Salt and pepper to taste  
A drizzle of Mike's Hot Honey (optional)

Toast your bread in a 350 degree oven until golden brown (a toaster also works though you can't cook all of the slices at the same time).  

Heat oil in a large nonstick skillet over medium-high heat. Add garlic and cook, stirring constantly, until fragrant, 30 seconds to 1 minute. Add red pepper flakes and cook another 10 seconds. Stir in spinach, beans, and broth and cook, stirring constantly, until the spinach is just wilted, 2 to 3 minutes. Add in the parmesan.  Taste and adjust seasonings as necessary. Spoon the bean-and-spinach mixture over the toasts.  Sprinkle with additional cheese and pepper.  Drizzle Mike's Hot Honey over the top if you choose.     



Wednesday, October 29, 2014

apple butter.

If you are anything like me, apple picking means returning home with more apples then one could possibly eat in a reasonable amount of time.  This is not necessarily a bad problem to have especially when there is a slew of apple items you can make (pie! crisp! pork chops with apples!).

But sometimes you long for something else and that is where apple butter comes into play.

Apple butter is not pretty.  It looks like brown mush (no point in stating anything but the obvious) . It's nothing like the beautiful peach jam of summer or strawberry jam of spring.  But! What it lacks for in looks it more then makes up for in flavor.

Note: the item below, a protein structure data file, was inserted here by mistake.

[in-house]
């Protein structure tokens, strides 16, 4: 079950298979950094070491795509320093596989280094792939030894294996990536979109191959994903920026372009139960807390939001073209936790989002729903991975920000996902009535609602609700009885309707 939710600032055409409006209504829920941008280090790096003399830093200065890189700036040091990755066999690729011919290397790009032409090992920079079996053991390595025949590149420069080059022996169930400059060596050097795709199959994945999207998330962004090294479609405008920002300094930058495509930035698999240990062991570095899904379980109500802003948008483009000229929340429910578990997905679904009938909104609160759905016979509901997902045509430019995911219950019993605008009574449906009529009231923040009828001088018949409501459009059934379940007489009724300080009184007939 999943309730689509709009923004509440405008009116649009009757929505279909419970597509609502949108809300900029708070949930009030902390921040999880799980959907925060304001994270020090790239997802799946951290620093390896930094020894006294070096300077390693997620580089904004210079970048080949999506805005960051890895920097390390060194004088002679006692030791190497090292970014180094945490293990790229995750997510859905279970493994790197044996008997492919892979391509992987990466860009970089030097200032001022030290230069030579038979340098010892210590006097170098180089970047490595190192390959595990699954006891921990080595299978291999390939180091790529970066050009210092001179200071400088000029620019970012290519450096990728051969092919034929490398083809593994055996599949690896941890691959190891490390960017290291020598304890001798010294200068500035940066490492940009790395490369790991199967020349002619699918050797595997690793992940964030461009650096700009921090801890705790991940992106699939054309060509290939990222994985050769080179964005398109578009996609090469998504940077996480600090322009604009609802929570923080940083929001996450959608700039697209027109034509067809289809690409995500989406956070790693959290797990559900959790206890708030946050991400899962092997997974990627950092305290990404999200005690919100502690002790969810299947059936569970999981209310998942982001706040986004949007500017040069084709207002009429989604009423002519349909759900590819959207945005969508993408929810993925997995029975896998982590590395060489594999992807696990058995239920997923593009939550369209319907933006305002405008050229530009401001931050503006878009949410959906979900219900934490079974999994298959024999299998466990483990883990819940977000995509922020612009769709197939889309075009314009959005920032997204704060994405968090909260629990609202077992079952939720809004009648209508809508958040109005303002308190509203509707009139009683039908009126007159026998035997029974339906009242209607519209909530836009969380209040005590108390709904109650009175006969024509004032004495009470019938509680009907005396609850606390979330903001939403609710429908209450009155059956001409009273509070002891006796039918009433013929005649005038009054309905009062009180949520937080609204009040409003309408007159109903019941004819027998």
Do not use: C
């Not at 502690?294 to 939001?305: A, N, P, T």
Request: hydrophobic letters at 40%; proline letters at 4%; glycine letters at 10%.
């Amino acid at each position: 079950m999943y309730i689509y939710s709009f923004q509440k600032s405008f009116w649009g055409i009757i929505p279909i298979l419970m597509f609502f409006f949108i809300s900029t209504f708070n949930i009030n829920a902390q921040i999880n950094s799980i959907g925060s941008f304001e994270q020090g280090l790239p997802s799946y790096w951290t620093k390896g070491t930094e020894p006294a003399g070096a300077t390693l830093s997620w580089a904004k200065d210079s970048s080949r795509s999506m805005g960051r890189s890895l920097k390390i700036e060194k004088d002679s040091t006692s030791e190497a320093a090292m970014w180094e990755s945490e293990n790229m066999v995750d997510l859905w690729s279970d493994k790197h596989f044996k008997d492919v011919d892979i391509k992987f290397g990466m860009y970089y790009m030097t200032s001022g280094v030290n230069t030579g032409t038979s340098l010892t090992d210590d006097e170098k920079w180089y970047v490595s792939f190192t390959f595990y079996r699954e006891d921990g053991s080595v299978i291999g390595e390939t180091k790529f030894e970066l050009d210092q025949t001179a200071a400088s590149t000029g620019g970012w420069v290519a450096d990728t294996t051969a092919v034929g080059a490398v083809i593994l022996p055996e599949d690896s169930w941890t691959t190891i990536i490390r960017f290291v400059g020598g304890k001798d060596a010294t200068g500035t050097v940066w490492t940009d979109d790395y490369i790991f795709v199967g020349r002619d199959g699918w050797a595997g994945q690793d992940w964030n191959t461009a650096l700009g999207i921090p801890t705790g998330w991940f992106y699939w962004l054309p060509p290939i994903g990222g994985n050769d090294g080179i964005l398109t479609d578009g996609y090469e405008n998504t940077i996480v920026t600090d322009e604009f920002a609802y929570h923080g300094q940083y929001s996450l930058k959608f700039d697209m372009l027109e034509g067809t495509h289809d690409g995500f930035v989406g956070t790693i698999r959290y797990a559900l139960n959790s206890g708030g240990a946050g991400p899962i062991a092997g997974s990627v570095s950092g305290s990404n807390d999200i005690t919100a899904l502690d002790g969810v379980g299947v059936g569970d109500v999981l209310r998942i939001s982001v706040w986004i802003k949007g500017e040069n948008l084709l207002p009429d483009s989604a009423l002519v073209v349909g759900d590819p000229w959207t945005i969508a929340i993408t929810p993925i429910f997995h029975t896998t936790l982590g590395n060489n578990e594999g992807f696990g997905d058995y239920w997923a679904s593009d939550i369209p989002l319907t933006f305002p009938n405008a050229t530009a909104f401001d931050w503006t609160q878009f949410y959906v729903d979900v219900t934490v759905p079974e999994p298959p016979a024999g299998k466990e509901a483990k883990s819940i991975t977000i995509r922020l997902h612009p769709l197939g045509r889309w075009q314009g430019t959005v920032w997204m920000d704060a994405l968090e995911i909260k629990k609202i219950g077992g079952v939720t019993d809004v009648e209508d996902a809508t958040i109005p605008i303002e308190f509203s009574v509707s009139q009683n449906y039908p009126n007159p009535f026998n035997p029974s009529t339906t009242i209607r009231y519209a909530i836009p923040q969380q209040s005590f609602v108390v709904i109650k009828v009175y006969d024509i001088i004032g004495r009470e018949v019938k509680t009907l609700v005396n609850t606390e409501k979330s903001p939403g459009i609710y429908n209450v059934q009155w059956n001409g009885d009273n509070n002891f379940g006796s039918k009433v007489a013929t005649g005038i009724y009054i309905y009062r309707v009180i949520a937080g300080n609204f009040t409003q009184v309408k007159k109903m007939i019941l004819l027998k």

Apple butter is dreamy.  It's the definition of fall and its everything I want slathered on my peanut butter sandwiches this time of year (best sandwich ever involves chunky peanut butter, apple butter, chia seeds and a sprinkle of sea salt - DYNAMITE).  Cubes of apple are cooked with apple cider and spices. As the apples cook, they begin to thicken to create a cross between apple sauce and jam that may in fact be the greatest condiment ever.  EVER.

Fall, I love you.

Apple Butter 
Recipe from Apt 2B. Baking

Yield - about 2 pints of finished butter

2 pounds good eating apples, peeled, cored and cut into bite sized pieces (but really any apples work)
½ - 2 cups apple cider
¾ cups sugar
1 teaspoon cinnamon
¼ teaspoon cloves
¼ teaspoon fresh nutmeg
Juice of half a lemon

In your biggest, heaviest pot combine the apples and enough cider to cover them. Bring to a simmer and cook the apples until tender. A bit of foam will form on the surface that should be skimmed off, it's okay if you can't get it all.

When the apples are tender, remove the pot from the heat and puree the mixture until it is smooth (an immersion blender is the best tool for this). Stir in sugar, spices and lemon juice.


Simmer the mixture, stirring occasionally, until it darkens in color and begins to pop and bubble, about 1-1 1/2 hours. Make sure to watch the pot carefully and stir often in the last 1/2 hour to prevent scorching. I would usually tell you here to cook the butter until it reaches 220º, but I couldn't get mine above 210º and the set turned out perfect. Ladle the hot apple butter into your prepared jars.